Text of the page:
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Macro chatter: Ron Paul takes on the Fed — again

Around the world in business: As Mark Zuckerberg hawks Facebook to Wall Street pre-IPO, he dons his trademark hoodie. The US may have turned a rare profit in April. And Ron Paul aims at the Fed (again).
Mark zuckerberg suitEnlarge
Facebook CEO Mark Zuckerberg wore a suit to meet with Japanese Prime Minister Yoshihiko Noda in March. He wore a hoodie to meet with Wall Street bankers about Facebook's big IPO. (Yuriko Nakao/AFP/Getty Images)

Need to know:
Ron Paul plans to take another whack at the Fed today.

The federal committee he chairs is scheduled to consider his Federal Reserve Board Abolition Act and several other bills that aim to alter the course of the US central bank.

The Fed so far has been able to heartily withstand Paul’s attempts to topple it, but Paul has been able to get the Fed’s books audited and gotten Fed Chairman Ben Bernanke to reveal that he does his own grocery shopping.

Bernanke meanwhile may remain a lonesome dove on the Fed board a while longer. President Barack Obama’s latest nominees to join Bernanke on the board will have to face so many hurdles to get approved that the Senate may just give up on them, Reuters reported.

Want to know:
The US may actually have made money in April for the first time in a very long time.

We’ll have have to wait until the official numbers come out on Thursday. But for now, the Congressional Budget Office is predicting the government last month generated its first surplus is nearly four years.

A profit wouldn’t exactly mean the US has turned a big economic corner, though. Much of April’s gains are attributed to timing and the US still isn’t yet expected to break its streak of $1 trillion annual deficits.

Dull but important:
Spain has its own too big to fail problem. Spain plans to spend billions of euros to bail out its third largest bank, Financial Times reported.

Bankia is struggling under the weight of bad real estate loans as Spain battles its second recession in three years. The bank could need up to $13 billion to weather the euro zone crisis, but it’s not clear how the government might finance a bailout, Reuters said.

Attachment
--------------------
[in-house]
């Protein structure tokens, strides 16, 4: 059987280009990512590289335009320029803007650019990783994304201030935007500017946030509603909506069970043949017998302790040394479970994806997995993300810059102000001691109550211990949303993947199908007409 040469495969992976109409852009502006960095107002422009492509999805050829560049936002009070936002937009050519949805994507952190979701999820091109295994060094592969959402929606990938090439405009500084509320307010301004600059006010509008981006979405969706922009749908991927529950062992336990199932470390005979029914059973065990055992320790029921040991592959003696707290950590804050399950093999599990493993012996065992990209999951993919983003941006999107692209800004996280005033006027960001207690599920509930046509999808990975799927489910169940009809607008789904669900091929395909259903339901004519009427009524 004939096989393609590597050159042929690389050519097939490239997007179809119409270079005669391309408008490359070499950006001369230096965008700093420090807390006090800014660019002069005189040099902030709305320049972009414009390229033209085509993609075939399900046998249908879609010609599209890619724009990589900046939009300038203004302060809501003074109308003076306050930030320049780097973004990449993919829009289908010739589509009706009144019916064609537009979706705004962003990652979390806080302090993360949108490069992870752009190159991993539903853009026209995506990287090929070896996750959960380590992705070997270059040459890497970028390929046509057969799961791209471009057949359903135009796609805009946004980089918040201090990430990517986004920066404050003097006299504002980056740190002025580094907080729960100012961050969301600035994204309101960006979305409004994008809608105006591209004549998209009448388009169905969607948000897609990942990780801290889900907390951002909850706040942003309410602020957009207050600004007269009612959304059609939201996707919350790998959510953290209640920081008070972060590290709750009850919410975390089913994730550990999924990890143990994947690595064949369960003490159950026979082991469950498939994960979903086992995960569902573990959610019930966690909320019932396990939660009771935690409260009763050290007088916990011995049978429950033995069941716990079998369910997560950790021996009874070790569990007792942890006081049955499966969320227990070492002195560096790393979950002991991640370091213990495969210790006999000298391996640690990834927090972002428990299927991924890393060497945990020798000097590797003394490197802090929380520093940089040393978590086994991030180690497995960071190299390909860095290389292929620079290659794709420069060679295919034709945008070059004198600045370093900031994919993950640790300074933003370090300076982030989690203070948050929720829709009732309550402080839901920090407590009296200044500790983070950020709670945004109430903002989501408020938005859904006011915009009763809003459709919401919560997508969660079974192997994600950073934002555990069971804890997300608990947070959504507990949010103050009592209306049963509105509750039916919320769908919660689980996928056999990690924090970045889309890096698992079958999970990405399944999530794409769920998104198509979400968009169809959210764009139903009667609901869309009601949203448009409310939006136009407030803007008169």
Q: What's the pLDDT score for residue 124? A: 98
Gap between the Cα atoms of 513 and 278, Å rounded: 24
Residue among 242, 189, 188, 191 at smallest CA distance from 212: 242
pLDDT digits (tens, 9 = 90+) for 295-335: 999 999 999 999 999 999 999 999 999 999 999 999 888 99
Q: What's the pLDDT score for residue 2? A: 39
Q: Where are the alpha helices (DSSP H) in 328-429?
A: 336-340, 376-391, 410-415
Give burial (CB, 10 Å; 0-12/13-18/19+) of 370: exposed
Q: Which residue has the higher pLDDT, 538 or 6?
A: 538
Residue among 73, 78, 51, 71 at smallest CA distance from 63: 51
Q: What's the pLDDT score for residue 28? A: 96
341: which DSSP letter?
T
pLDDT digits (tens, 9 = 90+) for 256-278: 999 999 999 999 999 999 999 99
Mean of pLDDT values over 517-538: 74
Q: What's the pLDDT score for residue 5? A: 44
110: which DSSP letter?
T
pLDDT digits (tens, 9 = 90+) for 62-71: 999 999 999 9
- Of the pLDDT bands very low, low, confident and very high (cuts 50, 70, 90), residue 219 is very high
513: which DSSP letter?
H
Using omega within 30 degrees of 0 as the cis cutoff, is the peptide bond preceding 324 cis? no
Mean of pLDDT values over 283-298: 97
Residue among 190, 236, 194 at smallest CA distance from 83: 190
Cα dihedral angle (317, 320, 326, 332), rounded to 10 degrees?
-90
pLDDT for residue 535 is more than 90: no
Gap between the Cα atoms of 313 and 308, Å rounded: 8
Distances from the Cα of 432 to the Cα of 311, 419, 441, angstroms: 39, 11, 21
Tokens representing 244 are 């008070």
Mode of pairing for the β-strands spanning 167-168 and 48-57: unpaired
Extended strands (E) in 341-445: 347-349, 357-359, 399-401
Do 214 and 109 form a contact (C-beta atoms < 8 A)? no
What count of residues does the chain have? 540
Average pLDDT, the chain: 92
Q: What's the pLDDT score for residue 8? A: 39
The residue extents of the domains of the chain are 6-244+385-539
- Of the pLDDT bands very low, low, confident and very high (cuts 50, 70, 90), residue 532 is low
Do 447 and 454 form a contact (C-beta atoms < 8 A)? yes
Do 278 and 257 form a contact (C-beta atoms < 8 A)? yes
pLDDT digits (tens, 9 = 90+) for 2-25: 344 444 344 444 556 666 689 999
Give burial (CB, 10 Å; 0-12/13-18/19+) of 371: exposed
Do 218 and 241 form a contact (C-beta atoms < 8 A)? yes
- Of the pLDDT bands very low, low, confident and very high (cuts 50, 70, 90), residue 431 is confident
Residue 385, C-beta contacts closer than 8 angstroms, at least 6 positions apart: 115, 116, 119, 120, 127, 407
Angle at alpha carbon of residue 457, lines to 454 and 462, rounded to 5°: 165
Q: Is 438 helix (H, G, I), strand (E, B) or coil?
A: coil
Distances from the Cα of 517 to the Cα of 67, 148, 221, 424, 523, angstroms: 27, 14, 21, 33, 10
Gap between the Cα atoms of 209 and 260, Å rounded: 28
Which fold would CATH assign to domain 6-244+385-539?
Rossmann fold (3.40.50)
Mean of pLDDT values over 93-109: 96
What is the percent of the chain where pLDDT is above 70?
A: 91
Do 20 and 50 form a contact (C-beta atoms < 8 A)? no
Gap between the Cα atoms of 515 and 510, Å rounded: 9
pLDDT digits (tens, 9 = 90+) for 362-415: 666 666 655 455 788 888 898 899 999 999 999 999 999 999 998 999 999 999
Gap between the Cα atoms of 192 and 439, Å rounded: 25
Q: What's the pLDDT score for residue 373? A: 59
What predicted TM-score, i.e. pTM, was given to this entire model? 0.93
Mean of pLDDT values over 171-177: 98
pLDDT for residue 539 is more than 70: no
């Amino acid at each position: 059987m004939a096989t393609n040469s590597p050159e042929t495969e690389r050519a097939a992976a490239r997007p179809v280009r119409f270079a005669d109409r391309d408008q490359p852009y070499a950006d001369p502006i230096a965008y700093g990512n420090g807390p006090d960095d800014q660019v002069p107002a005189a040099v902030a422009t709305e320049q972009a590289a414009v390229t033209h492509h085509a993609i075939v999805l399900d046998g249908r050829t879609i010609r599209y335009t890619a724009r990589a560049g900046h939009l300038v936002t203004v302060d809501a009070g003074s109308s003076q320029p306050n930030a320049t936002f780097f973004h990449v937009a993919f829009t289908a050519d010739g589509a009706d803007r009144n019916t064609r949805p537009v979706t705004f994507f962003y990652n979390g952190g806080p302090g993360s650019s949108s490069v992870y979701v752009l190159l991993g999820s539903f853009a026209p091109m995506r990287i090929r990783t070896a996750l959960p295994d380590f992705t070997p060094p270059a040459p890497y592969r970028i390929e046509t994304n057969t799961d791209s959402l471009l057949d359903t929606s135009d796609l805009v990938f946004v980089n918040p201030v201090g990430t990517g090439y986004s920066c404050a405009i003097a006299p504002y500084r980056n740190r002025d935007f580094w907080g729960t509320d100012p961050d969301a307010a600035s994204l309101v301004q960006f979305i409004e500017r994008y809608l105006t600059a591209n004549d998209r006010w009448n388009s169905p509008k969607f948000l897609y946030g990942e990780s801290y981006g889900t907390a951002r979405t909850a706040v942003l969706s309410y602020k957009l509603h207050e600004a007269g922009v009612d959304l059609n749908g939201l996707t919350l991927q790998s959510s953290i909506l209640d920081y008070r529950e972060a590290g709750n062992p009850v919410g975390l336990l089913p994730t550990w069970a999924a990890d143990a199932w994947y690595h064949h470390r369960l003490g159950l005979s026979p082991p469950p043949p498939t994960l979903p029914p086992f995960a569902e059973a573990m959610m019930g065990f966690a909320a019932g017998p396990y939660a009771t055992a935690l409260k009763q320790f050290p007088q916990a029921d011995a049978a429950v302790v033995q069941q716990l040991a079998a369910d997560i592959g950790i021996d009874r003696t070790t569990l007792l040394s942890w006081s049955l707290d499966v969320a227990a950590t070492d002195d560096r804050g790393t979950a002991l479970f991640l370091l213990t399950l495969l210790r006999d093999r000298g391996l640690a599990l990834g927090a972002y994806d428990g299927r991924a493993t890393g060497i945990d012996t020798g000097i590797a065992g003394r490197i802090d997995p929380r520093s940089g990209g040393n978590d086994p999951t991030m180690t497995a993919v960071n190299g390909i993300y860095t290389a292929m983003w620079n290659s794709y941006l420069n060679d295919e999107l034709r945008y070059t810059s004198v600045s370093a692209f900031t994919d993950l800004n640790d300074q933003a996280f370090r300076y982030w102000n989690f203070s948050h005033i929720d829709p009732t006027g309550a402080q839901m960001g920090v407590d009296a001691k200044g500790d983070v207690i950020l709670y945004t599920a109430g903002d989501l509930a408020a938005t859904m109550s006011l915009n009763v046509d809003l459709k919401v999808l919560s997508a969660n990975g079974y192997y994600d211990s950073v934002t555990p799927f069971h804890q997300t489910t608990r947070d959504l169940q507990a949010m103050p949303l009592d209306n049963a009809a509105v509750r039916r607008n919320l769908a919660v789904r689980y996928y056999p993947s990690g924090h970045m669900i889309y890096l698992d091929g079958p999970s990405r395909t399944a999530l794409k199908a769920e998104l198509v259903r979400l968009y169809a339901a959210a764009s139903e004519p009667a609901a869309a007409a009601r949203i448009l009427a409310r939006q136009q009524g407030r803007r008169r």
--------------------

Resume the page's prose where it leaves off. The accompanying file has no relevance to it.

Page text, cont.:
Bankia, which used to be seven smaller banks until a series of a mergers a few years ago, poses the biggest risk to the Spanish banking sector, according to the IMF.

Meanwhile newly elected leaders in Greek parliament still are struggling to form a ruling coalition and talk that Greece could be forced out of the euro zone is growing. 

Just because:
The euro zone may have problems, but India's could be worse, according to one economist.  

While US Secretary of State Hillary Clinton is trying to help American retailers like Wal-Mart gain new customers in India, American economist Tyler Cowen is worrying about just how much the country’s economy has slowed down.

Even though India’s economy still is growing faster than the US economy, its having a disproportionately negative effect on the poor, he wrote in The New York Times.

If India's economy doesn't pick of steam, another generation of millions of Indians may fail to rise out of extreme poverty, according to Cowen. 

Strange but true:
Mark Zuckerberg won't wear a suit for Wall Street, not even for Facebook’s big IPO.

The Facebook founder and CEO kicked off his company’s IPO roadshow in Manhattan Monday wearing his trademark black hoodie, jeans and a pair of sneakers while his colleagues CFO David Ebersman and COO Sheryl Sandberg wore what Wall Street might consider more acceptable attire.

Zuckerberg also was in the men’s room when the question and answer portion of Monday’s festivities began, CNBC reported.  

Zuckerberg did wear a suit in March when he met with Japanese Prime minister Yoshihiko Noda, so it is possible that he does know how to tie a tie. 

http://www.globalpost.com/dispatches/globalpost-blogs/macro/macro-chatter-Zuckerberg-hoodie